Keeping Adventure Seekers Safe
Amusement rides have evolved over time, from roller coasters, to waterslides, to bungee jumps, and more. But the reality of what’s fun has never really wavered: thrills, chills, and drops are fun for the whole family – it’s the medium that changes. That’s why the committee on amusement rides and devices (F24) was formed in 1978 to write, manage, and oversee standards related to all aspects of amusement rides and attractions.
The committee works on core standards that generally apply to all amusement rides, addressing things like design, quality, manufacture, operations, maintenance, and inspection. From there, it’s all about extrapolating out and applying those same concepts to the growing variety of different rides and attractions.
“This is an industry that loves to innovate,” says committee chair Franceen Gonzales, chief experience officer with WhiteWater West Industries, one of the largest manufacturers of water park attractions in the world. “Anytime someone invents something new, people want to put it into an amusement park. That’s why every standard we write, we do it in such a way that people can continue to innovate while also being safe and adhering to those same tenets of quality.”
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For example, in the last 10 years, a wide range of new attractions has hit the scene that have redefined what an amusement ride could be. The popularity of ziplines, trampoline parks, and other new options exploded in recent years, spurring the subcommittee on adventure attractions (F24.61) to publish the standard practice for aerial adventure courses (F2959) in 2012. Like the committee’s other standards, F2959 establishes criteria for the design, manufacture, and installation of aerial adventure courses as well as their safe operation and maintenance needs.
And that boils down to anything that puts the user above the ground and in a harness to protect them from a fall, explains subcommittee chair Jared Krupa, a principal with K2 Engineering and Structural Design.
“The standard covers everything from ziplines to challenge courses to via ferrata and even climbing walls,” he says. “It really fills a hole in the industry for any application where you have cables up in the air that are supported by trees or other anchors.”
That’s because a zipline is very different from a roller coaster. At a traditional amusement park, guests typically experience rides that travel on a fixed path while being safely restrained within a ride vehicle. On these types of rides, the necessary safety measures and controls are meticulously designed into the ride. As long as the ride itself is designed, built, operated, and maintained to existing standards, and the participant follows all posted signage, the result will be a safe, fun experience.
However, as the industry has grown to include attractions where participants have some control over their bodies, and sometimes the operation of the ride vehicle, the safety factors have changed. There is now a need to ensure that the designed experience is not only safe, but that consideration has been given to the responsible actions of the participants and their correct performance of tasks as they enjoy the attraction. It’s a different type of risk profile, which calls for ongoing revisions and updates.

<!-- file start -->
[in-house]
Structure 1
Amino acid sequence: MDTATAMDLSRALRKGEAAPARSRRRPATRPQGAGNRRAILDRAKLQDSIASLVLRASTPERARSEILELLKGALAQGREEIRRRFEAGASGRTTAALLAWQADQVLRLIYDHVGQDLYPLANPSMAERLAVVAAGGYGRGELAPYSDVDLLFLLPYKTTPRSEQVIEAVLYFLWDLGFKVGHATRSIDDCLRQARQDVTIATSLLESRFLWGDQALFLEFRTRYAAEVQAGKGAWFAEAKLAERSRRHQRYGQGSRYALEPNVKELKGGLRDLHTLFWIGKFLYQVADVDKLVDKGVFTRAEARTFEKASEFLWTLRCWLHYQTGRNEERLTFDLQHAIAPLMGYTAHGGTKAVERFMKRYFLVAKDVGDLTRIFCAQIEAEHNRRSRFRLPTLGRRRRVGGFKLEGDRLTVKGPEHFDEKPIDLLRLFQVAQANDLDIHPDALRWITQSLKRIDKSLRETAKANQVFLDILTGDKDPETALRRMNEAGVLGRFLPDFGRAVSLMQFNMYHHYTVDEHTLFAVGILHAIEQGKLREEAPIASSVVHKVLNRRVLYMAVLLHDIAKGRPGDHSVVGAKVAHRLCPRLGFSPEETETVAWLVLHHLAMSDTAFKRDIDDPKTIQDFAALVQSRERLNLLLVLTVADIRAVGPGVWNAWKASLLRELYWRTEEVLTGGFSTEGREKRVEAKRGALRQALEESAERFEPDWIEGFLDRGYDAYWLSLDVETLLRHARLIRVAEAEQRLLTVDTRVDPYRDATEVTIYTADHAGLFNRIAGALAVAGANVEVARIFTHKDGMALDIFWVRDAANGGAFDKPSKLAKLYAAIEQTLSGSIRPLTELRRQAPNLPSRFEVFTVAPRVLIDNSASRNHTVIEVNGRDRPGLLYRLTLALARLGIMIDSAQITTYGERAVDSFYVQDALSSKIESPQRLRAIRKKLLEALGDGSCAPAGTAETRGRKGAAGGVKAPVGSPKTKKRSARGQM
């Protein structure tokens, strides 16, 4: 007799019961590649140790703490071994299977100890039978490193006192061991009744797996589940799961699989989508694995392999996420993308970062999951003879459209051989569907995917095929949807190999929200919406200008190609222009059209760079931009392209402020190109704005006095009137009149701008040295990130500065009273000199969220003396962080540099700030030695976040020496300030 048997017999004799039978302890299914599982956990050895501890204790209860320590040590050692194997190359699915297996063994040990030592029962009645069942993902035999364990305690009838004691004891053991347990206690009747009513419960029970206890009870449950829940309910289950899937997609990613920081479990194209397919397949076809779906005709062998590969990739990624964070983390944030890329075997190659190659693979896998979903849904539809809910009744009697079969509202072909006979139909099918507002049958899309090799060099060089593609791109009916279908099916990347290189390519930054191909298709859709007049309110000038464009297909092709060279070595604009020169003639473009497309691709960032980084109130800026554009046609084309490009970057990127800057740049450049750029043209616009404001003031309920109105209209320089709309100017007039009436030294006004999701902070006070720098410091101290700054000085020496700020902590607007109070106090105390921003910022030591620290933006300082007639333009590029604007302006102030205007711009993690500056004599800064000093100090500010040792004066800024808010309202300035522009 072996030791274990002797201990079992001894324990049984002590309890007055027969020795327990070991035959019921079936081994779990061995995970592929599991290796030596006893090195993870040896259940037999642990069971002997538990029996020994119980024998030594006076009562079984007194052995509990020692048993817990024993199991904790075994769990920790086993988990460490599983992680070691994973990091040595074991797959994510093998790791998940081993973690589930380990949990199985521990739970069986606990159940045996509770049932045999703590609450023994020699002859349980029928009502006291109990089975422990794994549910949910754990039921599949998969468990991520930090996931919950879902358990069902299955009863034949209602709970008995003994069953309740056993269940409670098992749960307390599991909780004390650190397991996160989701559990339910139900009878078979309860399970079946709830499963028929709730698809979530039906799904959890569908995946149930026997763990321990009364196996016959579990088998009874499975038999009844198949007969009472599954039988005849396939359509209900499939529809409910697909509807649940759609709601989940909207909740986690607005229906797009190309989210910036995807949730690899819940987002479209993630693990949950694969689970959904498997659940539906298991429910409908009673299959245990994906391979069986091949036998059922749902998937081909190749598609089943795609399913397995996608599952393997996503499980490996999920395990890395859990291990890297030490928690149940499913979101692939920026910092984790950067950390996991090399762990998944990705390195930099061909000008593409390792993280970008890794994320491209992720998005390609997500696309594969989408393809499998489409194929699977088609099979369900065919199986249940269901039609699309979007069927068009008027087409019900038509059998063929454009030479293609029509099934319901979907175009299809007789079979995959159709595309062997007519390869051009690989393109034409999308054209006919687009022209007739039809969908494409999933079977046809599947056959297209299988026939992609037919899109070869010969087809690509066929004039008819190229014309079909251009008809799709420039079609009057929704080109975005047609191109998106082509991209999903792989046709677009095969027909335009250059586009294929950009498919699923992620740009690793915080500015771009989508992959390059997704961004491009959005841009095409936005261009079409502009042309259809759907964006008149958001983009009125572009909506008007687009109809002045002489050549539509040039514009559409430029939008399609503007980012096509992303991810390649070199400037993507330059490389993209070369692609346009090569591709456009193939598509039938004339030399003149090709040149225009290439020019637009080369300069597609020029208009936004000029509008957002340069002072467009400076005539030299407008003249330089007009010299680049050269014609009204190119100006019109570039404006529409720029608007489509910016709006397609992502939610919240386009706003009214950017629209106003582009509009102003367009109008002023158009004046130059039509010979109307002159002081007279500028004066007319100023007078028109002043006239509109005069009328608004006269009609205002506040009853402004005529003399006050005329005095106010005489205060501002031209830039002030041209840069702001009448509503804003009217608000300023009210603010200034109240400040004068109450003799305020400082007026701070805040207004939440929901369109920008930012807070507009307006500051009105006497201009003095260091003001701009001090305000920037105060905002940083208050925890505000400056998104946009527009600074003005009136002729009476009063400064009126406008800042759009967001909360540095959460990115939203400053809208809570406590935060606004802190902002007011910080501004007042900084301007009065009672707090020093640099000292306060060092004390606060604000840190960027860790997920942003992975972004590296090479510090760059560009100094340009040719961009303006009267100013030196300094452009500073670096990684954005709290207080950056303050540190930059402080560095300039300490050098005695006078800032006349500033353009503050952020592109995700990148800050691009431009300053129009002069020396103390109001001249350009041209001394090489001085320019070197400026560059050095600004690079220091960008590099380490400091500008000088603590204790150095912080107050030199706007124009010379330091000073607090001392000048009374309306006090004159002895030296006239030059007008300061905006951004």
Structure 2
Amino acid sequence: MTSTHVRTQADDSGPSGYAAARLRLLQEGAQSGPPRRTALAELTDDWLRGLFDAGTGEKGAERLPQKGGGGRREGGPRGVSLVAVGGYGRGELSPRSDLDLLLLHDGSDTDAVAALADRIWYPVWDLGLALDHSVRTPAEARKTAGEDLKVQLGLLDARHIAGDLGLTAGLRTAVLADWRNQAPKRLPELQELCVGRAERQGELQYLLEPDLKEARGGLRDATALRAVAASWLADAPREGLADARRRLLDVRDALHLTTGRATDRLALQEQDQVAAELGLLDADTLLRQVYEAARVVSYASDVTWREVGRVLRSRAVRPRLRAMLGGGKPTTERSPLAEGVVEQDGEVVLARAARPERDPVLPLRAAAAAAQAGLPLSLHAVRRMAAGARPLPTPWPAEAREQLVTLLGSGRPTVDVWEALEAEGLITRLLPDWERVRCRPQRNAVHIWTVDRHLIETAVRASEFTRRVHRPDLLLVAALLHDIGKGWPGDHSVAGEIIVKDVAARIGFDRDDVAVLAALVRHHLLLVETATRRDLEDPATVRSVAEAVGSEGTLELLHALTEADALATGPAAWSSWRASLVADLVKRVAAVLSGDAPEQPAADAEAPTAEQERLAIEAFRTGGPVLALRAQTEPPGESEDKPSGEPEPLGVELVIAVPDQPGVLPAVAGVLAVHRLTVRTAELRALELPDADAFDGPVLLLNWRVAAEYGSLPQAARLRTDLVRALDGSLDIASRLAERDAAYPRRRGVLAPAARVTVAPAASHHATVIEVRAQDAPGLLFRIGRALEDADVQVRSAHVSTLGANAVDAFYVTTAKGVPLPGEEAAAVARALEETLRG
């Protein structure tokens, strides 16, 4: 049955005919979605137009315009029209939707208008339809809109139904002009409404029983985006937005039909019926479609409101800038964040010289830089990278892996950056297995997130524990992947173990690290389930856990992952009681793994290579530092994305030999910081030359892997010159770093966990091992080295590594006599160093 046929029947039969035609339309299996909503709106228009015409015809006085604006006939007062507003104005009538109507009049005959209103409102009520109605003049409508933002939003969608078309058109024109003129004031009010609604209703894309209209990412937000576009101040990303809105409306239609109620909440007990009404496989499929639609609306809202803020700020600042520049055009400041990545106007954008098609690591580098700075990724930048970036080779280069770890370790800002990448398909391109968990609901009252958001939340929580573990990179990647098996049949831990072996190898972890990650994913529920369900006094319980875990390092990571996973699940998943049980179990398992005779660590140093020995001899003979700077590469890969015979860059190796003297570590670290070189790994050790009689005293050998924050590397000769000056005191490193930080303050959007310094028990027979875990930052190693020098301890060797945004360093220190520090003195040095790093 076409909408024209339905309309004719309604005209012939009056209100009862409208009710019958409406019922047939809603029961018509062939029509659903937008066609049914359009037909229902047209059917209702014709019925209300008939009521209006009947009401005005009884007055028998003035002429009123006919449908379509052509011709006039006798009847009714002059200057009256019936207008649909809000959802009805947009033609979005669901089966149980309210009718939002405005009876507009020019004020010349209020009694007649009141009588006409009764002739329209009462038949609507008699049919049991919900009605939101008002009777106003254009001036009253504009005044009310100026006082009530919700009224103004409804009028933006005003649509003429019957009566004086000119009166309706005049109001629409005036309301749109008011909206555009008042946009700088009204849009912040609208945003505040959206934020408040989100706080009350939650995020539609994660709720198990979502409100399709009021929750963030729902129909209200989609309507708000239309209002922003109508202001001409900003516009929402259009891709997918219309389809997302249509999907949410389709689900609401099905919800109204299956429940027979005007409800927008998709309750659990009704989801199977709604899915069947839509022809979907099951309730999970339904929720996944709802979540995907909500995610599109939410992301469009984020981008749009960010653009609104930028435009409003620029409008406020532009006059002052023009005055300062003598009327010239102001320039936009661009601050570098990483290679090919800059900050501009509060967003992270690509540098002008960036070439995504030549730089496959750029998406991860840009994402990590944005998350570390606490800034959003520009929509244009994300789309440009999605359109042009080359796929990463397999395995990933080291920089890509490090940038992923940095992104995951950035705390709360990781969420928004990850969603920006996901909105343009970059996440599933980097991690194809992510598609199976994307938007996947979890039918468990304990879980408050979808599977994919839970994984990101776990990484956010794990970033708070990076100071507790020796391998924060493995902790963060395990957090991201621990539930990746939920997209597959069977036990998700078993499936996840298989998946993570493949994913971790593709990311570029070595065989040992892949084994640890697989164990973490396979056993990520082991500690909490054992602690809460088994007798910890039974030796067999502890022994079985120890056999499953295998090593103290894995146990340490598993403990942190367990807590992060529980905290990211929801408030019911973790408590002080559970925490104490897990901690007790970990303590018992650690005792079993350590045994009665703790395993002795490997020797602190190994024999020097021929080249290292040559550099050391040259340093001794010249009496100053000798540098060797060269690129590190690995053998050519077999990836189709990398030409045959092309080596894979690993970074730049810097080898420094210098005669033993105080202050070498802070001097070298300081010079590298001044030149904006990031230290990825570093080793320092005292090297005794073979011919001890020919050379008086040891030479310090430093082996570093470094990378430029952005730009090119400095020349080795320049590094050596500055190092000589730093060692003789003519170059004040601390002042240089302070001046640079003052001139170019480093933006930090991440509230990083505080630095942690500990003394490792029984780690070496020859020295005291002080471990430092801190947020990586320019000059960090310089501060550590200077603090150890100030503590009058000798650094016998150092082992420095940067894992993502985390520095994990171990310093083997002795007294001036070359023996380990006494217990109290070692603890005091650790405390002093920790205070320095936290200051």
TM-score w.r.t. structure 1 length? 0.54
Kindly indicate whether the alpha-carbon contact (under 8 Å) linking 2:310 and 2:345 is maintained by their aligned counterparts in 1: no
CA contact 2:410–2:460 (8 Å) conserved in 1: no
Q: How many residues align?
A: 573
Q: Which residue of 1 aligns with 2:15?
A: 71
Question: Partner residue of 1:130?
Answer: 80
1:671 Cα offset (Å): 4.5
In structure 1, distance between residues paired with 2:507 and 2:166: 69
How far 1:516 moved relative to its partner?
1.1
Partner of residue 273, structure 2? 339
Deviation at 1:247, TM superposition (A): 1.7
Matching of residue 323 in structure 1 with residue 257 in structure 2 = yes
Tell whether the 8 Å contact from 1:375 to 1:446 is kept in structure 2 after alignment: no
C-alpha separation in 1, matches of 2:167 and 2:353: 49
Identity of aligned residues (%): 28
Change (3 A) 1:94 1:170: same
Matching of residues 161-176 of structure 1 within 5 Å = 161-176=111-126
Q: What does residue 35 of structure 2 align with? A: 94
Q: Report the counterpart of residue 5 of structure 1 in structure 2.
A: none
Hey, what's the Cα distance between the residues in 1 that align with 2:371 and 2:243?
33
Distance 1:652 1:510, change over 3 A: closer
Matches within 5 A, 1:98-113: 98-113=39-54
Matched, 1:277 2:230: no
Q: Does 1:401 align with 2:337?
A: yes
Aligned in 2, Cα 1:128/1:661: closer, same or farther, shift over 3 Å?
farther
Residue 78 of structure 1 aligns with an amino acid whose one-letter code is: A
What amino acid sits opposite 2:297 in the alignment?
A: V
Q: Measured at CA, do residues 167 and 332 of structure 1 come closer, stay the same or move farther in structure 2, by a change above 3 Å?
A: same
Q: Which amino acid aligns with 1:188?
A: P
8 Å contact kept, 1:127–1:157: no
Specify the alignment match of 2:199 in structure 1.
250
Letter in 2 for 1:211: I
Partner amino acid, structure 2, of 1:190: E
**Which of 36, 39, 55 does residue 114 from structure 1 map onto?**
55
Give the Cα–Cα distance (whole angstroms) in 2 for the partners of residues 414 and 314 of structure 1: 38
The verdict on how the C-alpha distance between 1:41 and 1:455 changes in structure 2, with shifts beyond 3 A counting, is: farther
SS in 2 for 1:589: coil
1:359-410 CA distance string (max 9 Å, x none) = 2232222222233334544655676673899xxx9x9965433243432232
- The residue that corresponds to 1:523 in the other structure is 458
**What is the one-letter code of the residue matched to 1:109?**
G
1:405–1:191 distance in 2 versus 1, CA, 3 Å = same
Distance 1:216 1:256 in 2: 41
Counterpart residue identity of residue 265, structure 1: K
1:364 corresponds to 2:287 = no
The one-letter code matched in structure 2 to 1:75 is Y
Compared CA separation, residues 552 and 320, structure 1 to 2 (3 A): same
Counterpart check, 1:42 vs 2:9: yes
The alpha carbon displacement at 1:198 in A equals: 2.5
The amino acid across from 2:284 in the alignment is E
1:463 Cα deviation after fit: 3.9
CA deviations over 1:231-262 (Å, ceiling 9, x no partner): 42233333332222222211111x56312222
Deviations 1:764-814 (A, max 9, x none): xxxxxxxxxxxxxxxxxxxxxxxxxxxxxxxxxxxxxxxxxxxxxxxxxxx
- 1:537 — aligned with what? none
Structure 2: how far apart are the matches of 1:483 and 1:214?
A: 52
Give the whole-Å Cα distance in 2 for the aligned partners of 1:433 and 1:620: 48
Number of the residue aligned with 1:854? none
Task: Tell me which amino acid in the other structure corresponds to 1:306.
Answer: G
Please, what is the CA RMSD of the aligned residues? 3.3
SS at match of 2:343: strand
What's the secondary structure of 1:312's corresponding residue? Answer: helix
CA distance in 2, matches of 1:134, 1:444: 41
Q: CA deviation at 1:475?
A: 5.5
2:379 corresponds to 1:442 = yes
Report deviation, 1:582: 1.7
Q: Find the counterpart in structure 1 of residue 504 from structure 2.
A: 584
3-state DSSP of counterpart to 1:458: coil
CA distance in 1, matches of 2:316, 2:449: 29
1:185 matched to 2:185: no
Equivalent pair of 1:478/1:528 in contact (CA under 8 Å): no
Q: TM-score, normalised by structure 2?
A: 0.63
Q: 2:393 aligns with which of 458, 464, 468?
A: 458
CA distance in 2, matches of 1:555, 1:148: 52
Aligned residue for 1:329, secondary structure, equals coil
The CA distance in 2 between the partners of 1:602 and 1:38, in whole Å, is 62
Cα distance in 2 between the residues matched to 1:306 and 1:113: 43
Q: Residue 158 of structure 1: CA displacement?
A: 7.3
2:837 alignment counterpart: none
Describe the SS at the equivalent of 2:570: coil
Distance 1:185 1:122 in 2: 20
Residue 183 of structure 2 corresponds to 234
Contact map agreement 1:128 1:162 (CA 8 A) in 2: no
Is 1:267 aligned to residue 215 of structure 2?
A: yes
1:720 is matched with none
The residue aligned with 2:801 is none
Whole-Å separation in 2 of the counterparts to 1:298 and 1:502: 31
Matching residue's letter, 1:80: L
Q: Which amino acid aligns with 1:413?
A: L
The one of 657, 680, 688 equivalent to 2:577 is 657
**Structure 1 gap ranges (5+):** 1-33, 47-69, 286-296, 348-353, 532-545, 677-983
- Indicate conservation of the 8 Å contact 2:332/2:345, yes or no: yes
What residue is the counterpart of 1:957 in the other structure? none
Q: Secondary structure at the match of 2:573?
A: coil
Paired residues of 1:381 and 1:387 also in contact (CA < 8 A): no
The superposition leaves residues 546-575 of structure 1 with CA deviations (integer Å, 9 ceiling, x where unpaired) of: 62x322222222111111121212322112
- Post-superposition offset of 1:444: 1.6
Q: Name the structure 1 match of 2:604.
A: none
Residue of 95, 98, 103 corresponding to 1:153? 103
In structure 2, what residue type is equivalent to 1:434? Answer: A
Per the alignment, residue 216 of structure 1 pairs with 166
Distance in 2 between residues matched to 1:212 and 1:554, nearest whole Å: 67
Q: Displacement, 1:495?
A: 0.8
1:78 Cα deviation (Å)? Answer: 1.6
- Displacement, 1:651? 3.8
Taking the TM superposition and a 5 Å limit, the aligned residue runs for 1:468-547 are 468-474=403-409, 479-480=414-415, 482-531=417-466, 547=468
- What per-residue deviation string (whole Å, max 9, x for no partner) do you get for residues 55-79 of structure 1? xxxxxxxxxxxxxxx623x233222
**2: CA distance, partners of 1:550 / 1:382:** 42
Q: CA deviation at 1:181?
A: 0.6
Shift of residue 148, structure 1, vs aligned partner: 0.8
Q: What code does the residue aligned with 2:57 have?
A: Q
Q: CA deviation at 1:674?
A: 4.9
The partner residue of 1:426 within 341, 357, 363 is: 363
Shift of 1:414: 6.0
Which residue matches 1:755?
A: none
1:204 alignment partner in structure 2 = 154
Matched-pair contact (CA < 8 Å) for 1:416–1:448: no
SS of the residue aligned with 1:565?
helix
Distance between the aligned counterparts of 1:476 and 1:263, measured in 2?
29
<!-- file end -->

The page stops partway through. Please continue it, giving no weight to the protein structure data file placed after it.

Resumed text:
“The industry is growing fast, and everybody always wants the next latest and greatest thing,” says Krupa. “Maybe the old style of ziplines were slower and there is a new, more exciting type that has a different kind of breaking device because the speeds are higher. We're just trying to keep up with the next big thing in aerial adventure and make sure that the standard that was designed in 2012 is still applicable to all the new things that are coming out today and tomorrow.”
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Right now, that means clarifying any issues or confusion that end-user stakeholders have raised, and deepening the term descriptions and other details of the core standard itself. At the moment, F24.61 is working on updates around wire rope safety, zipline breaking devices, vehicle doors, estop, and powered restraints, with more revisions expected in the months and years ahead.
As Gonzales explains it, the work never ends, and that’s exactly why the standard practice for aerial adventure courses is so valuable to the industry. As new attractions are introduced, it’s up to the committee on amusement rides and devices to proactively revise its standard in partnership with an ever-growing community of industry stakeholders.
“What is important is that there’s good collaboration,” she says. “We have stakeholders from different organizations and different parts of the industry that are all contributing to these efforts and we want all of those different perspectives. I'm looking forward to seeing good, constructive dialogue that moves the standard forward and makes it better for everyone. Because there's a lot at stake. You've got a lot of people who enjoy these attractions and we want to be able to have a standard ready for use as this segment of the industry continues to grow.”
Tim Sprinkle is a freelance writer based in Colorado Springs, Colorado. He has written for Yahoo, The Street, and other websites.